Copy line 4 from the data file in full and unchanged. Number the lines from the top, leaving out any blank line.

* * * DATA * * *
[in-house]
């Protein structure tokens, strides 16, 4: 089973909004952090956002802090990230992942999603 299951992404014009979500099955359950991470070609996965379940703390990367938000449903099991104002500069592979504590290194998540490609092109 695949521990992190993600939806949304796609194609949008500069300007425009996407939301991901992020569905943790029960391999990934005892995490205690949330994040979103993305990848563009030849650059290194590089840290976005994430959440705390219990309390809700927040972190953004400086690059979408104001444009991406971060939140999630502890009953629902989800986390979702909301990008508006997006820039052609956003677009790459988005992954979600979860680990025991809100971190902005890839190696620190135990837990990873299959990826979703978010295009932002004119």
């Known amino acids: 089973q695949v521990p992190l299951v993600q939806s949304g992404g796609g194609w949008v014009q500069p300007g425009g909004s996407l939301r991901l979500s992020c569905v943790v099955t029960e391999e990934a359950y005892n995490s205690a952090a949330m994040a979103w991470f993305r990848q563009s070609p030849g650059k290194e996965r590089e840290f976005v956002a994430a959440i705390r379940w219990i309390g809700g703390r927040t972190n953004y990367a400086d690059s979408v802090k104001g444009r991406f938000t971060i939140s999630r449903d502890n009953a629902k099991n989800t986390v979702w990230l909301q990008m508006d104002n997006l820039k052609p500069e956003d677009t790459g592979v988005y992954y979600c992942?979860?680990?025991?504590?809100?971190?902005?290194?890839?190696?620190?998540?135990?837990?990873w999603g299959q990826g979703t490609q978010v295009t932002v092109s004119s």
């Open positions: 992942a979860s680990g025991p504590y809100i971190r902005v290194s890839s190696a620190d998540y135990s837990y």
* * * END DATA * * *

């Open positions: 992942a979860s680990g025991p504590y809100i971190r902005v290194s890839s190696a620190d998540y135990s837990y």